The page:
The RBNZ also said its research suggested New Zealand homeowners are more sensitive to house price falls than rises. Households cut their consumption if house prices fall by more than they increase consumption if house prices rise (3 cent consumption increase for every dollar rise in house prices).

Serviceability to be addressed via new restrictions

The RBNZ said New Zealand is even more sensitive to the impacts of a housing correction because households have taken out so much debt.

Mortgage rates are currently low, but the RBNZ recognised, “A large share of New Zealand mortgages are on a short-term fixed interest rate, putting a large share of borrowers at risk of sharp increases in mortgage costs, if interest rates rise before they next reset their fixed term…

“Recent first-home buyers would be the primary group to experience serviceability stress, as they typically have lower incomes than other borrowers, and therefore need a greater share of their income for living expenses.

“Investors are the second most likely to experience serviceability stress overall.

"Existing owner-occupiers are less likely to experience serviceability stress but it should be noted that these borrowers represent the largest share of the market.”

The RBNZ said it would start consulting in October on introducing bank debt serviceability restrictions.

Finance Minister Grant Robertson last month gave it the power to use such restrictions, which could require borrowers to have a certain amount of income relative to the debt they’re seeking, or require banks to ensure borrowers can meet repayments at set interest rates above existing rates. 

“The LVR tool is better suited to mitigating the risk of negative equity in borrowers, while a serviceability tool should be better at building borrowers’ buffer against serviceability shocks, such as an interest rate rise,” the RBNZ said.

Lending to investors doesn’t need to be reined in more

While the RBNZ proposed tightening LVR restrictions by shrinking the portion of lending banks are allowed to do to borrowers with deposits of less than 20%, it also considered increasing the size of deposits most borrowers need to have to 25%.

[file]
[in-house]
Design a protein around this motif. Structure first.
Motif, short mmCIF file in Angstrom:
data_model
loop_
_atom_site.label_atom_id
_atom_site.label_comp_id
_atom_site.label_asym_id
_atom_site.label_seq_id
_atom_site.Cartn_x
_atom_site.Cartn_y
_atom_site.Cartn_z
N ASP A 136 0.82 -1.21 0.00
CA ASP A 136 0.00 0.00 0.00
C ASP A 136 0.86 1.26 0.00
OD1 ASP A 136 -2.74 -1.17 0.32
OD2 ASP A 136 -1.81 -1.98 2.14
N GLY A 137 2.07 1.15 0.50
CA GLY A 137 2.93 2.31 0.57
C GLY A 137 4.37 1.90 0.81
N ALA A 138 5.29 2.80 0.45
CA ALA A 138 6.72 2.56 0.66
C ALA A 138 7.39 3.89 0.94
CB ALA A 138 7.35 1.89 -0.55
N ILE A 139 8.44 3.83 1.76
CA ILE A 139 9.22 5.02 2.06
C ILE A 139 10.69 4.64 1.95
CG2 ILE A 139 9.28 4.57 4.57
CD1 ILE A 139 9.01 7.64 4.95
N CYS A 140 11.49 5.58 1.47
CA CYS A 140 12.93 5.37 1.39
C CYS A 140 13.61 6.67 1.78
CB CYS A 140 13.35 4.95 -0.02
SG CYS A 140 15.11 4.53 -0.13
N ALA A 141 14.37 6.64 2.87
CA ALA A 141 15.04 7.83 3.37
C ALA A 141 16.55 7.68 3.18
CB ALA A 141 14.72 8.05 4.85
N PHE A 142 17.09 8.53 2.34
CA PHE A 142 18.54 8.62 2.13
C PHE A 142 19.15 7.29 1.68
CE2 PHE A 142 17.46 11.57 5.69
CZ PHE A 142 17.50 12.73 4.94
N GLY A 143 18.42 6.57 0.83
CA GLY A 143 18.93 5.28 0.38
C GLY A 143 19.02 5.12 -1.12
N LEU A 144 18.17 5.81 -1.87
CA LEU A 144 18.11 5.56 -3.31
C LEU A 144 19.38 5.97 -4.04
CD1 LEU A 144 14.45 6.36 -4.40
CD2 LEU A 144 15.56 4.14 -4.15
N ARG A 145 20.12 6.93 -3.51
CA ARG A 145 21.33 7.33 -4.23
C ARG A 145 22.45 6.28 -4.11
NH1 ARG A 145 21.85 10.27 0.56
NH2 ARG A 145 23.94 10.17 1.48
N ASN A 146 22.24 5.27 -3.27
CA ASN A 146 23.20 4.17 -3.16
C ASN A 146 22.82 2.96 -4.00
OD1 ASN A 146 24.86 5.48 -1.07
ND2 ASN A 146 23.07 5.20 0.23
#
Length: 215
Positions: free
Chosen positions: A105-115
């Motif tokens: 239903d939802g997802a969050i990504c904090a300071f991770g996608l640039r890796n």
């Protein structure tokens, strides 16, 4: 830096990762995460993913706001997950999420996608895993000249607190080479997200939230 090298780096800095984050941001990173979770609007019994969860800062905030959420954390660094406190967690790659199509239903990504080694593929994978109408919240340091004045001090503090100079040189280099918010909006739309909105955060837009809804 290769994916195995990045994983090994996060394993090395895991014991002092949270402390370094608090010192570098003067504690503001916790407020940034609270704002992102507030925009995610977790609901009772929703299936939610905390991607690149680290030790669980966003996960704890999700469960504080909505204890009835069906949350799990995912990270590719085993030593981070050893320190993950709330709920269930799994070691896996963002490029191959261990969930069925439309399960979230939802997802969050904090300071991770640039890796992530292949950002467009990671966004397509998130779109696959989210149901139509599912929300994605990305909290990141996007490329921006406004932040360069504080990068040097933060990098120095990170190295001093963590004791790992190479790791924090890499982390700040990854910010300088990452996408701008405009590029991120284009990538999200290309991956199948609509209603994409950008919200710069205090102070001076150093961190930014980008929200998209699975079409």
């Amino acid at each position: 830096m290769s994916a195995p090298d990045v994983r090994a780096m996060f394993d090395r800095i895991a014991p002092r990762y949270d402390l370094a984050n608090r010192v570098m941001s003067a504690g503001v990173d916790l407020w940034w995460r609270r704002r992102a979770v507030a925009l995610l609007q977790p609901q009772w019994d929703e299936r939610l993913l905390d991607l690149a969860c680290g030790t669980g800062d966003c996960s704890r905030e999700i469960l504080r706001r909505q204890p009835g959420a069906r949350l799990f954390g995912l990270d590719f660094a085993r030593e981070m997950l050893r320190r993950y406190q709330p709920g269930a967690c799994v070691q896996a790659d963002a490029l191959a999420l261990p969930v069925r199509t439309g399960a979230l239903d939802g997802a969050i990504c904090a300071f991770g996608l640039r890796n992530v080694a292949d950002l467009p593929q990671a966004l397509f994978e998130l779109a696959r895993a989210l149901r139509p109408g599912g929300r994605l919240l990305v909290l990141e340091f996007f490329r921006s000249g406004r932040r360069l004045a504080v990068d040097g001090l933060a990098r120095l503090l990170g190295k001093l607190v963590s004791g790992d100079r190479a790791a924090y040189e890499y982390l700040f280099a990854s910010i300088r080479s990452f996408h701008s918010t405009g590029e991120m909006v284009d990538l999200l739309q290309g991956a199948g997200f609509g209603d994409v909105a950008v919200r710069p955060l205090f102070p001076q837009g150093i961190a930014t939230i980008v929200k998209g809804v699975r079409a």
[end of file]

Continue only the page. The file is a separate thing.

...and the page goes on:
However, it didn’t favour this option, in-part because it would affect a lot of borrowers, who only just manage to meet that 20% deposit threshold.

The RBNZ also deemed it unnecessary to further target investors. As of May, 95% of banks’ mortgage lending to investors has had to go to borrowers with deposits of more than 40%.

The RBNZ noted the Government is now also taxing investors more by removing their ability to deduct interest as an expense and extending the bright-line test.

Following these changes, there has been a significant reduction in both the share of overall lending for investment purposes and the proportion of investor lending at high LVRs.

“Therefore, the current evidence does not show new lending to investors as contributing to financial stability risks,” the RBNZ said.

We welcome your comments below. If you are not already registered, please register to comment.

Remember we welcome robust, respectful and insightful debate. We don't welcome abusive or defamatory comments and will de-register those repeatedly making such comments. Our current comment policy is here.

42 Comments

May as well just lend more then to the already wealthy and there will be no problem at all! (sarc)

Up
7

Well that is pretty much the Labour Govt housing policy isn't it?  Only those wealthy enough to have 40% cash deposits, or have 50-60% equity in their home are eligible to buy an investment property now. The days of the average Joe buying a rental property as a means of saving for their retirement, or the First Home Buyer buying a rental in a cheaper area just to get on the ladder, has gone out the window and investment properties are now only for the cashed up, existing property owner.